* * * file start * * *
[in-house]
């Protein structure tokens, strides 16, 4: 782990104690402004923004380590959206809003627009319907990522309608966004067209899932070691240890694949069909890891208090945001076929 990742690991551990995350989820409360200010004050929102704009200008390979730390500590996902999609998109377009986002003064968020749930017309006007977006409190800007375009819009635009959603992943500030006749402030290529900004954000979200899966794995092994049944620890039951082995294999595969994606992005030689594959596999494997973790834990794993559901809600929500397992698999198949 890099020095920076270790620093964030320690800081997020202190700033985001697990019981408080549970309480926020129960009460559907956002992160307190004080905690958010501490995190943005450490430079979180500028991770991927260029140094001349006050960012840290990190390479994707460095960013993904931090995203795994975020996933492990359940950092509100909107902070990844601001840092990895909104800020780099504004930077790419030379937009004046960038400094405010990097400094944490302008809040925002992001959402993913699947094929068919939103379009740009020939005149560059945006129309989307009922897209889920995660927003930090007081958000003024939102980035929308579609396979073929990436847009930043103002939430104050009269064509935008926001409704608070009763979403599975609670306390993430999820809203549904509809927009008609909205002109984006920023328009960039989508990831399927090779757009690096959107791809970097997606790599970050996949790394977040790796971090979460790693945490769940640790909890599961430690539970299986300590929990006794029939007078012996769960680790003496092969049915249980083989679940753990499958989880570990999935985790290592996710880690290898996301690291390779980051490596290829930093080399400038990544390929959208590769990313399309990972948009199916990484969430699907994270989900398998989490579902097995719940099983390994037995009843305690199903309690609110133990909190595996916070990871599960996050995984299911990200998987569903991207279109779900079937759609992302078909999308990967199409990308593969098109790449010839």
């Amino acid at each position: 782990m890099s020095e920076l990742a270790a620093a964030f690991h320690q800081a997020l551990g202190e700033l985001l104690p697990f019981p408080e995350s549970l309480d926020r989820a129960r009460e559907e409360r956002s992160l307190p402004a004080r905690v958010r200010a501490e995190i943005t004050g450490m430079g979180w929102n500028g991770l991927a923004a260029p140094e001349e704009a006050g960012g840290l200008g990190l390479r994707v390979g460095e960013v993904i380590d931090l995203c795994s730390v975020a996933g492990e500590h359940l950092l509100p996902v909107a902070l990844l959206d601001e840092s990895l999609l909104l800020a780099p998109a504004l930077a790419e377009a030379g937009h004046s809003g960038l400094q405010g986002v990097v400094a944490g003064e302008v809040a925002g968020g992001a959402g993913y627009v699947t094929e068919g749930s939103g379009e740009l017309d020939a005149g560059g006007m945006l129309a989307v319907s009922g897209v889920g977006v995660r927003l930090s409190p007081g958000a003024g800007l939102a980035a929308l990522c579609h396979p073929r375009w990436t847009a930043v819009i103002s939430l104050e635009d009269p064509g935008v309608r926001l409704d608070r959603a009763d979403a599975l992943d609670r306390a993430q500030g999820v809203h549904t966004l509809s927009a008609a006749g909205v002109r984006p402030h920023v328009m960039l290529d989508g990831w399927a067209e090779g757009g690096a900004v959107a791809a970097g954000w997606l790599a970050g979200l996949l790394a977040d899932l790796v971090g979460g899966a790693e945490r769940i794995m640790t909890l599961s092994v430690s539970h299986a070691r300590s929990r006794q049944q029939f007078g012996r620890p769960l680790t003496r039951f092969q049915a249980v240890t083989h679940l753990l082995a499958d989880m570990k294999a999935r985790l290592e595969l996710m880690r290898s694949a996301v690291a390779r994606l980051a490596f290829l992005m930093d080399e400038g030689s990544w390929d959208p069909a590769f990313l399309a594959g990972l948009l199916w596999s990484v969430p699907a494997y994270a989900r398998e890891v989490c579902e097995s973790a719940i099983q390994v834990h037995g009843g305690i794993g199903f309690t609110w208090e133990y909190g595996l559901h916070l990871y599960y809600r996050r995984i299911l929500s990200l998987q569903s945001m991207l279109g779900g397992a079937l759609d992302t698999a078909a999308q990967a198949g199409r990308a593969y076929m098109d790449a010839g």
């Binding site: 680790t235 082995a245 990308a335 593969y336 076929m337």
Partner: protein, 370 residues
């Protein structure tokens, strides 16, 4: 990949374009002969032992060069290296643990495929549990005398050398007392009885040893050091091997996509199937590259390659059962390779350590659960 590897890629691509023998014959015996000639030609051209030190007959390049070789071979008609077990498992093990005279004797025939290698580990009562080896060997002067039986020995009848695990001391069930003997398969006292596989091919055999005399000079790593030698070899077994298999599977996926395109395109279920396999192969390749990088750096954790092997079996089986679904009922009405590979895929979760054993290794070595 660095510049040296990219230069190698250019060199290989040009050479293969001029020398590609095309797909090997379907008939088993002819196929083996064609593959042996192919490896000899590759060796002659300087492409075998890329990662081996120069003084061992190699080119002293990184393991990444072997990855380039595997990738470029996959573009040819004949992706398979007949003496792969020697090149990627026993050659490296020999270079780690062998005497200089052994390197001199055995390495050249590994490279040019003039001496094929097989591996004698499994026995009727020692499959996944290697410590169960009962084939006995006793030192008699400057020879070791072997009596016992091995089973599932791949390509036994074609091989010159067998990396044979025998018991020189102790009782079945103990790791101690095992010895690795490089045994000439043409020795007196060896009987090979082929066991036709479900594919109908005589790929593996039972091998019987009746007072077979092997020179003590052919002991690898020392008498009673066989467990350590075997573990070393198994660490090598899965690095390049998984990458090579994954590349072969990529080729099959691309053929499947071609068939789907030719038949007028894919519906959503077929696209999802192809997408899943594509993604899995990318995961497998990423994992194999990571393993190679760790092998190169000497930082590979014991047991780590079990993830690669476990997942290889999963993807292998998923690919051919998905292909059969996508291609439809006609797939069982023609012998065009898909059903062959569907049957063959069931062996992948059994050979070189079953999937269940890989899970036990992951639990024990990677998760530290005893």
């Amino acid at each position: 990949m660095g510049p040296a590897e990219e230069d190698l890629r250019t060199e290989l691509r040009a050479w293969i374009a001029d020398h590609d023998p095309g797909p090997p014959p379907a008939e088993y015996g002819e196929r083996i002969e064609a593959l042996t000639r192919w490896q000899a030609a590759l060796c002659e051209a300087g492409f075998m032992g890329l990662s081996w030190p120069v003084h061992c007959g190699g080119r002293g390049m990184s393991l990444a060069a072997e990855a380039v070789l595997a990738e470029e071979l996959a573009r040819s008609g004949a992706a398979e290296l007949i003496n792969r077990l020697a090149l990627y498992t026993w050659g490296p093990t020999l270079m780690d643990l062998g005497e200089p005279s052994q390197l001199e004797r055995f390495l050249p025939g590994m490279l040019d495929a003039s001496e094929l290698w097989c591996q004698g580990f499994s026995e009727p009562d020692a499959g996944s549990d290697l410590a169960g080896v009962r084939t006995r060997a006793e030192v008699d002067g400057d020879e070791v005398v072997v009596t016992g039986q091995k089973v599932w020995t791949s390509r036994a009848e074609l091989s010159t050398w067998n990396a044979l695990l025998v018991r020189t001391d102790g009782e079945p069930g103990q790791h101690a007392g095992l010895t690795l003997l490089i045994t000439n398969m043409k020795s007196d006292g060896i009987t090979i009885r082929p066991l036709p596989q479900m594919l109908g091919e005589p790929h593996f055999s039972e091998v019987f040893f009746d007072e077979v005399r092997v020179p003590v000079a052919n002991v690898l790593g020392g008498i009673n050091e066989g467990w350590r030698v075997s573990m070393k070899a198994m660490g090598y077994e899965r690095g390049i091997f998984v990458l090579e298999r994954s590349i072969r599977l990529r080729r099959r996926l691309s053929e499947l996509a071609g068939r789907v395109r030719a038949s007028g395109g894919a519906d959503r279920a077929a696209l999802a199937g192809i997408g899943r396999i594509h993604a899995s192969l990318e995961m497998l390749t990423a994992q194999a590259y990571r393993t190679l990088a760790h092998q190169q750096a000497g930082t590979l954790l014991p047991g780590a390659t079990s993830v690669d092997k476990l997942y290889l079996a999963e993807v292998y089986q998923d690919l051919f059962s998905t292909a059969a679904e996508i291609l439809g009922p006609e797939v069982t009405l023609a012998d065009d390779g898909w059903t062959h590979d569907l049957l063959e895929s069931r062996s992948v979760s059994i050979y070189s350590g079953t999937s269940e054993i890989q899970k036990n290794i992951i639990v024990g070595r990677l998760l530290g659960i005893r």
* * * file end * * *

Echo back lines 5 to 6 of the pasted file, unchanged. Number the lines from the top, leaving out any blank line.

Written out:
Partner: protein, 370 residues
């Protein structure tokens, strides 16, 4: 990949374009002969032992060069290296643990495929549990005398050398007392009885040893050091091997996509199937590259390659059962390779350590659960 590897890629691509023998014959015996000639030609051209030190007959390049070789071979008609077990498992093990005279004797025939290698580990009562080896060997002067039986020995009848695990001391069930003997398969006292596989091919055999005399000079790593030698070899077994298999599977996926395109395109279920396999192969390749990088750096954790092997079996089986679904009922009405590979895929979760054993290794070595 660095510049040296990219230069190698250019060199290989040009050479293969001029020398590609095309797909090997379907008939088993002819196929083996064609593959042996192919490896000899590759060796002659300087492409075998890329990662081996120069003084061992190699080119002293990184393991990444072997990855380039595997990738470029996959573009040819004949992706398979007949003496792969020697090149990627026993050659490296020999270079780690062998005497200089052994390197001199055995390495050249590994490279040019003039001496094929097989591996004698499994026995009727020692499959996944290697410590169960009962084939006995006793030192008699400057020879070791072997009596016992091995089973599932791949390509036994074609091989010159067998990396044979025998018991020189102790009782079945103990790791101690095992010895690795490089045994000439043409020795007196060896009987090979082929066991036709479900594919109908005589790929593996039972091998019987009746007072077979092997020179003590052919002991690898020392008498009673066989467990350590075997573990070393198994660490090598899965690095390049998984990458090579994954590349072969990529080729099959691309053929499947071609068939789907030719038949007028894919519906959503077929696209999802192809997408899943594509993604899995990318995961497998990423994992194999990571393993190679760790092998190169000497930082590979014991047991780590079990993830690669476990997942290889999963993807292998998923690919051919998905292909059969996508291609439809006609797939069982023609012998065009898909059903062959569907049957063959069931062996992948059994050979070189079953999937269940890989899970036990992951639990024990990677998760530290005893």